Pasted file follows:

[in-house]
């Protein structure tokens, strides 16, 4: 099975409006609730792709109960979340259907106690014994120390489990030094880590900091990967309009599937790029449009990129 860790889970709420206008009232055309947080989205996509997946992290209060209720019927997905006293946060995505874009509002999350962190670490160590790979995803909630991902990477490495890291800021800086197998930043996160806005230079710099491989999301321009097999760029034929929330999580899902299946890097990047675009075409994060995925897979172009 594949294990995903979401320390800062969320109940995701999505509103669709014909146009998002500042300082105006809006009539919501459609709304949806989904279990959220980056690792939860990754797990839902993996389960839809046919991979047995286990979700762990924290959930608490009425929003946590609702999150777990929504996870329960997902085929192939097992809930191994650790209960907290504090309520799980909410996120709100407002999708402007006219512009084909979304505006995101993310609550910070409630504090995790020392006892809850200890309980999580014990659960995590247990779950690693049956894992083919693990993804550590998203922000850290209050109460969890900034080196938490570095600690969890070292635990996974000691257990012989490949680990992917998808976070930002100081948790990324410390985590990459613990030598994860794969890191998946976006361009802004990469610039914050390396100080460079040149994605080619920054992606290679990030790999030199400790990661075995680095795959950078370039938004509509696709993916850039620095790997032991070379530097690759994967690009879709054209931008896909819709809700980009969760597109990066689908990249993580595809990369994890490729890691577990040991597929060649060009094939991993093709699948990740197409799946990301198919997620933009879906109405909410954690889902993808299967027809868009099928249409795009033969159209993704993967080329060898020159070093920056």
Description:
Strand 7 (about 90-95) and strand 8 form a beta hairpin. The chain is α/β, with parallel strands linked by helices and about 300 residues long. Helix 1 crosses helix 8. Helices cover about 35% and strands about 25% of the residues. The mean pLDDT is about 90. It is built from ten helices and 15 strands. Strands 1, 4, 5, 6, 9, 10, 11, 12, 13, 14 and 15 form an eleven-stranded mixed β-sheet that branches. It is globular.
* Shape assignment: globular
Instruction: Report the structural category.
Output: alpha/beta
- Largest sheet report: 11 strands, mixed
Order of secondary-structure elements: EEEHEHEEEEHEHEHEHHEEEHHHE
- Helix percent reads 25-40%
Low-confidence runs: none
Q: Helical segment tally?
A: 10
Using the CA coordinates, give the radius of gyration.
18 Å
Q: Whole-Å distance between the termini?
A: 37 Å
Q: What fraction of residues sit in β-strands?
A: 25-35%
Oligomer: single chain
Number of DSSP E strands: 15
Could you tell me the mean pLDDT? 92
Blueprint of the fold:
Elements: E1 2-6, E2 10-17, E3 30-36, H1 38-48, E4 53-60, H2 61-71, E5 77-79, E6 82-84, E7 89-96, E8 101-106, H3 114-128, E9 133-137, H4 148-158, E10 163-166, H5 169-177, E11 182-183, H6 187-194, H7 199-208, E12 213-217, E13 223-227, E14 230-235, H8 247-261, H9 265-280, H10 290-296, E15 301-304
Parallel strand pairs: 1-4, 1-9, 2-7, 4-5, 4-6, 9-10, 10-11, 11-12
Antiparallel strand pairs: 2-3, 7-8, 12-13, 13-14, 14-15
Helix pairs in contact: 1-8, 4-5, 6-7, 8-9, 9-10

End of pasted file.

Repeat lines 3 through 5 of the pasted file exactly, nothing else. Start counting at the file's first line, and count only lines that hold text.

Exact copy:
Description:
Strand 7 (about 90-95) and strand 8 form a beta hairpin. The chain is α/β, with parallel strands linked by helices and about 300 residues long. Helix 1 crosses helix 8. Helices cover about 35% and strands about 25% of the residues. The mean pLDDT is about 90. It is built from ten helices and 15 strands. Strands 1, 4, 5, 6, 9, 10, 11, 12, 13, 14 and 15 form an eleven-stranded mixed β-sheet that branches. It is globular.
* Shape assignment: globular